Advice From College Presidents On Building Trust to Weather a Crisis

College leaders may be feeling some relief as the spring semester draws to a close. The arrival of May means that many of them officially survived the first wave of important decisions required to respond to COVID-19. As I wrote a few weeks ago, those leaders who put people first as they made these decisions and communicated with vulnerability, kindness and empathy were most likely to get the best results. As we enter summer, though, college presidents, Read More

Scheduling the COVID-19 School Year

Five days a week, 8 a.m. to 3 p.m. That traditional school day—so coveted now for its normalcy and essential contribution to how our families, communities, and economy function—probably won’t make a full comeback this fall. Some school communities will forge ahead with a return to the typical school calendar, but that carries large risks. If there’s an outbreak of the coronavirus, they’ll have to shut down abruptly. But in many school districts, the sheer Read More

Fear of pulling the thread of racial illiteracy

One of the ways to dismantle systemic racism in schools is to require racial literacy programs for white teachers — to catch our own presuppositions in midair and hold them out. I have been trained to believe as a white woman that I have a biological deficit to speak with credibility about race. Due to how whiteness has been rendered as invisible in our society, much of our training as white people has taught us Read More

Going Back to a Better School: NEA Issues Guidance on Reopening

Many schools across the country will in all likelihood reopen in the fall for the 2020-21 school year. States are currently reviewing potential models that maximize both learning – whether in-person or continued remote instruction – and health and safety. Still, because of continued uncertainty surrounding the coronavirus pandemic, “back to school” for many districts and college campuses remains more of an “if” than a “when.” As some states are currently discovering, reopening plans that ignore or Read More

5 Radical Schooling Ideas For An Uncertain Fall, And Beyond

There is no one answer for what the coming school year will look like, but it won’t resemble the fall of 2019. Wherever classrooms are open, there will likely be some form of social distancing and other hygiene measures in place that challenge traditional teaching and learning. Future outbreaks will make for unpredictable waves of closures. Virtual learning will continue. And all this will happen amid a historic funding crunch. American education has long been full of innovators Read More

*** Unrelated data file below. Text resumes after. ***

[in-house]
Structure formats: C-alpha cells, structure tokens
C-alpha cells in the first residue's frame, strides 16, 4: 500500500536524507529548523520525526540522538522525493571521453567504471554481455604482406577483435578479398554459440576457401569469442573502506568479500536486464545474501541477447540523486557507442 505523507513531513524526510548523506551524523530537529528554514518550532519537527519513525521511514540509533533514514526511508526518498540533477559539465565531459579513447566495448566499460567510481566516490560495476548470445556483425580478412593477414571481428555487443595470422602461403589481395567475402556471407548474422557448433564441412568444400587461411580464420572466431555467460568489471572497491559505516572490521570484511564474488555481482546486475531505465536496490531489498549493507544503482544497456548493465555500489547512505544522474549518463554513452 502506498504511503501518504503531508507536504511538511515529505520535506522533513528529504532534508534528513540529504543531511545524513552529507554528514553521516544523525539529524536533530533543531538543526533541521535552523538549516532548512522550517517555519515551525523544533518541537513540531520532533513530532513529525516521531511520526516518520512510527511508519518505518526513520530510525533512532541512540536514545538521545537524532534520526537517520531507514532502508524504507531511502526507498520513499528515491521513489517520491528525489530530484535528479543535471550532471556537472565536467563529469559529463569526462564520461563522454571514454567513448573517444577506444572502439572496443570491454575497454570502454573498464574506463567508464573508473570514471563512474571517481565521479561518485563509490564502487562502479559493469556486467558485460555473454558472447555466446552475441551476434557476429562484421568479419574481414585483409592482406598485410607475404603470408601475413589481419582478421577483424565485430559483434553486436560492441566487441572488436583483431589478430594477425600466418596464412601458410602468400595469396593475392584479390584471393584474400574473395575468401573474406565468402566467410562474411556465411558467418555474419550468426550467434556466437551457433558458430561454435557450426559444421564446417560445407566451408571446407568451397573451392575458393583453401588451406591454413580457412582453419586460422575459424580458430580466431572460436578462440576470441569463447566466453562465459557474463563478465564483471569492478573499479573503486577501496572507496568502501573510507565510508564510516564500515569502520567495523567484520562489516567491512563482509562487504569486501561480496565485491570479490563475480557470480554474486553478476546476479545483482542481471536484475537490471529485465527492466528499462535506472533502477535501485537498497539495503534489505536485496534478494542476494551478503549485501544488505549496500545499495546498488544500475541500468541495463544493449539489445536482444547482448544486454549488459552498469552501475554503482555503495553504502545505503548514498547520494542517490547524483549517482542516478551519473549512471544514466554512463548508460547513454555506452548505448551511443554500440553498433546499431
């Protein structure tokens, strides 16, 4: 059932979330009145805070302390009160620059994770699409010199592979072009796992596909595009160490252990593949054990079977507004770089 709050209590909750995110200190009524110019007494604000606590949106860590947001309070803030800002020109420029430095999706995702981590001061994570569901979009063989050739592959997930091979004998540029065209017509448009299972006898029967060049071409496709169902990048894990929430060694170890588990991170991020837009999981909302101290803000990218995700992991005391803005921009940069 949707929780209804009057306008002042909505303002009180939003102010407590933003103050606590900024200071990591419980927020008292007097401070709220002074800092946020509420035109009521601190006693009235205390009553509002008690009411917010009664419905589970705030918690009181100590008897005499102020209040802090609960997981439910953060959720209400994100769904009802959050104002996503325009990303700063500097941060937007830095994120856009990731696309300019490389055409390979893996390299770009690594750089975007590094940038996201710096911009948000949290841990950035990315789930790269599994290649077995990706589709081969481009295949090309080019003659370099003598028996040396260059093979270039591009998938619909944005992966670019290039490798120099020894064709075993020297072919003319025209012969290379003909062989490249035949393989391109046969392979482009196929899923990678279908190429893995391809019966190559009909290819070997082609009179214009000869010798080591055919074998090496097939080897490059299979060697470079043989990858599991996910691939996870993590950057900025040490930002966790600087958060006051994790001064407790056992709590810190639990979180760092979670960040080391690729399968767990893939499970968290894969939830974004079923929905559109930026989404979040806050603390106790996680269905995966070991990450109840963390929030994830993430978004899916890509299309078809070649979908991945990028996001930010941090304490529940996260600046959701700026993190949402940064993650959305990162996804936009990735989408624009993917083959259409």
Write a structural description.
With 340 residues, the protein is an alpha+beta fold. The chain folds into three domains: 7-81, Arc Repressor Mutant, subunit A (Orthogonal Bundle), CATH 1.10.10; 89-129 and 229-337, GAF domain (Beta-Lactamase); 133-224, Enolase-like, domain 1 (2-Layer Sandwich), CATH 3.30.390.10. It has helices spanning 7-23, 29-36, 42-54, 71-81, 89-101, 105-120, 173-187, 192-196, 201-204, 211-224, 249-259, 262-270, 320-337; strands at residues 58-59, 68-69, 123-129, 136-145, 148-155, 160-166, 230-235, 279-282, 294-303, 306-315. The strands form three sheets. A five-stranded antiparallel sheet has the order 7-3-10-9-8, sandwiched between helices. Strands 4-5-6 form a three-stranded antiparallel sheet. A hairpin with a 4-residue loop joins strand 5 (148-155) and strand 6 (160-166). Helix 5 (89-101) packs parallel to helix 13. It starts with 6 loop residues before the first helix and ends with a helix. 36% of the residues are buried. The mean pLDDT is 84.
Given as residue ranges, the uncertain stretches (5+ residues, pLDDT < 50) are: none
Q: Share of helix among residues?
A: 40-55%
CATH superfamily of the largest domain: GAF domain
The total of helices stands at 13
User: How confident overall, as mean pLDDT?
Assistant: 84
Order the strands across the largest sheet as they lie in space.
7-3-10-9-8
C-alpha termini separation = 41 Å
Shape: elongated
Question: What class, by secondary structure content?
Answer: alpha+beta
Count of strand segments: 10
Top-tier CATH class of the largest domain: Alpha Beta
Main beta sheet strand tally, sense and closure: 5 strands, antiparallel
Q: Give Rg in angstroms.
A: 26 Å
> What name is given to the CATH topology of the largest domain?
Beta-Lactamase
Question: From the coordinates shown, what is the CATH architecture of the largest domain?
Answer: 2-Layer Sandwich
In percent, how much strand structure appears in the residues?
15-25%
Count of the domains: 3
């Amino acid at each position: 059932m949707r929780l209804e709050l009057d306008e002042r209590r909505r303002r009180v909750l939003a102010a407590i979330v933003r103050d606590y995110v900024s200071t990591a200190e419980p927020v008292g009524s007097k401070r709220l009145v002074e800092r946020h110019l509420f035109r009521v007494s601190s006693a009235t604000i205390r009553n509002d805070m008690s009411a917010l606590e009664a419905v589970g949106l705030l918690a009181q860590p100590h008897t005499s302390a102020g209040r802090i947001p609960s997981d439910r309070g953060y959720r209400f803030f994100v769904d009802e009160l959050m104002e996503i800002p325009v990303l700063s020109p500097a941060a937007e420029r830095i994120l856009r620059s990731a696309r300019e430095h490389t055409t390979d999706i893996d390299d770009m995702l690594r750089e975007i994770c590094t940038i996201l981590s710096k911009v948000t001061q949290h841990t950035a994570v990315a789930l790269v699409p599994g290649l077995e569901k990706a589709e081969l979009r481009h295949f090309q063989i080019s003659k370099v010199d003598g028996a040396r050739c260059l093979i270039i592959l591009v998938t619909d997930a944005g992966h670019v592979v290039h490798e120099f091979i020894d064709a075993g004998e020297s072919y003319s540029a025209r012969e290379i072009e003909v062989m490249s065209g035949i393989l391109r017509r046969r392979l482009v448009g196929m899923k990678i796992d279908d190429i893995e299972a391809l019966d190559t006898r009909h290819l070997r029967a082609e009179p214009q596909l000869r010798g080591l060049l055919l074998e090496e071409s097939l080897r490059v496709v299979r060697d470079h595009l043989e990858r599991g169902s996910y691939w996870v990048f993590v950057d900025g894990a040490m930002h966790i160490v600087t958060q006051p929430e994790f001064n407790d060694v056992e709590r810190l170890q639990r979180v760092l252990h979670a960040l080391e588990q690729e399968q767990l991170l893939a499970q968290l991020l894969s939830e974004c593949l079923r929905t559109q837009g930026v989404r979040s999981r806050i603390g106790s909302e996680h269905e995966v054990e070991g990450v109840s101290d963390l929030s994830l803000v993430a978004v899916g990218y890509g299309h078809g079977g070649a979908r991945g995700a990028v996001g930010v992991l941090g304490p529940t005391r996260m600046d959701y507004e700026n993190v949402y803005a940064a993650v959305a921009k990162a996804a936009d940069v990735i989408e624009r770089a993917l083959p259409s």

Secretary DeVos Approves 10 Additional Perkins Career and Technical Education Plans

U.S. Secretary of Education Betsy DeVos announced today the Department of Education has approved 10 additional career and technical education (CTE) plans. Arizona, Idaho, Kansas, Louisiana, Missouri, Nebraska, Oklahoma, Texas and Wisconsin are the latest states, along with the District of Columbia, to have their CTE plans approved under the new, bipartisan Strengthening Career and Technical Education for the 21st Century Act (Perkins V), which was signed into law by President Donald J. Trump on Read More

Reflections On A Lost Senior Year With Hope For The Future

Emma Cockrum was in her second week of quarantine when her father discovered an old bike behind their house. And that bicycle turned out to be a gift: With school closed at East Ascension High School in Gonzales, La., bike riding for Emma became a way of coping with the loss of the rest of her senior year. “I would say the first two to three weeks we were out of school, I was not Read More

Report: Most districts lacked clear plans in shift to remote learning

It’s almost a given that districts will continue some level of distance learning this fall — either to maintain social distancing, respond to future coronavirus outbreaks, give families more choice or a combination of all of those reasons. District leaders can now begin planning “to align the resources, create teacher professional development and assess community priorities to design plans for the fall that have high expectations for each student’s learning and are responsive to each Read More

Colleges Must Mandate Face Masks on Reopened Campuses, Union Says

The required use of face masks on campuses, sanitation stations in every college classroom and office, and comprehensive COVID-19 testing and tracing programs are a few of the recommendations made this week by a United Faculty of Florida (UFF) committee, which stepped into the debate around reopening campuses with a detailed 13-page report of best practices. The intention is to be helpful, and to make sure the voices of students, faculty, staff, and health experts are Read More

Colleges Under Fire for Plans to Open Football Stadiums, Bring Back Athletes

PURDUE UNIVERSITY President Mitch Daniels came under fire Thursday during a Senate hearing for plans to allow fall sports teams back on campus for preseason practice and to open the university’s 57,000-seat football stadium for games. “I think it’s interesting that college sports teams are coming back for practices before professional sports leagues are feeling it’s safe enough to come back,” said Sen. Chris Murphy, a Connecticut Democrat, during a Health, Education, Labor and Pensions Committee Read More